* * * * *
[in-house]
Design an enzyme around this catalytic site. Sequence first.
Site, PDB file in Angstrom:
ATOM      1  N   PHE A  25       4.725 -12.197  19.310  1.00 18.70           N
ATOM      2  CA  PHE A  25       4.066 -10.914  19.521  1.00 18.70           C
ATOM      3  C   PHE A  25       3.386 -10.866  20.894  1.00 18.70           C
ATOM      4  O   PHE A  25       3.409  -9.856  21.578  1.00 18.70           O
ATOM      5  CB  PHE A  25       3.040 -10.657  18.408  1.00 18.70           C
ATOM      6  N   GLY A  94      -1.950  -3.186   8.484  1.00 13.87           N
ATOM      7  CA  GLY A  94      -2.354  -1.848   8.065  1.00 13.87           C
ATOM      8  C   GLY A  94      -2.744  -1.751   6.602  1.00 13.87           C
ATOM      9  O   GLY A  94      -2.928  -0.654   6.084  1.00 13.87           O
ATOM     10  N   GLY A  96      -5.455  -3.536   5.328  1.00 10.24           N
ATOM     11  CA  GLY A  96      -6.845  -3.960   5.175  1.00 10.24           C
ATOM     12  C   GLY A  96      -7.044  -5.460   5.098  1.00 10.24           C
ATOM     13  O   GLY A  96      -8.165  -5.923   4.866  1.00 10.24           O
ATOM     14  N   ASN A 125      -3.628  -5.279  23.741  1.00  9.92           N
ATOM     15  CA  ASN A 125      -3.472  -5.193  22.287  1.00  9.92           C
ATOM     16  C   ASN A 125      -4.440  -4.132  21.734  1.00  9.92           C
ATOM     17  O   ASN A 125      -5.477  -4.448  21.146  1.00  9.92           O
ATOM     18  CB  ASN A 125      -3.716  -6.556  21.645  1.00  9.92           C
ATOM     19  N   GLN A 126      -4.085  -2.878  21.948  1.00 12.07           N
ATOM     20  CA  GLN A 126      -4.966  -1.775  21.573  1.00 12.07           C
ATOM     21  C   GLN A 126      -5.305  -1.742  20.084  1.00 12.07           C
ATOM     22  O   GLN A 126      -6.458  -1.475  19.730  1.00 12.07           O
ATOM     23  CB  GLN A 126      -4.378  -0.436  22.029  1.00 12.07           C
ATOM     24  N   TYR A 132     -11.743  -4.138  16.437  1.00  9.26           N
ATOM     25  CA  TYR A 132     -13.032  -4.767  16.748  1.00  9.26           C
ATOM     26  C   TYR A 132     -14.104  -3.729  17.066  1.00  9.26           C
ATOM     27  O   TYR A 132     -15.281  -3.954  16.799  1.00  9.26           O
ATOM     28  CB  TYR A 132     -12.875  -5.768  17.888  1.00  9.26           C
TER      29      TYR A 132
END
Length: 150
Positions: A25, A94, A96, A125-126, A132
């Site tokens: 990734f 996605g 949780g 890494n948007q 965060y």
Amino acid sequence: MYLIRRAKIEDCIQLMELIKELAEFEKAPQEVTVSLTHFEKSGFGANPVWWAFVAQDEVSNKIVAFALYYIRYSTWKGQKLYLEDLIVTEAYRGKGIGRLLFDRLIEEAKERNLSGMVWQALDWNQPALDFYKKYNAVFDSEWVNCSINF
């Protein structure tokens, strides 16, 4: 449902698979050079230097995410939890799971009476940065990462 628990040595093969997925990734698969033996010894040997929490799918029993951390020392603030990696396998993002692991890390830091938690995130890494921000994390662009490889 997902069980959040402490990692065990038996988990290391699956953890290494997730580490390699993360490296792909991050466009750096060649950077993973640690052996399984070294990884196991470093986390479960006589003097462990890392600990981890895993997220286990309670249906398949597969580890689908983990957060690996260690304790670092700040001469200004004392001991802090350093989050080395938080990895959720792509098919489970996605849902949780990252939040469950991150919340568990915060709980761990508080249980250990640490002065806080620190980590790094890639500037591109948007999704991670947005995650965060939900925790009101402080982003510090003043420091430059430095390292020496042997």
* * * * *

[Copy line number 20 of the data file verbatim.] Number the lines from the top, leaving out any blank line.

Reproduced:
ATOM     17  O   ASN A 125      -5.477  -4.448  21.146  1.00  9.92           O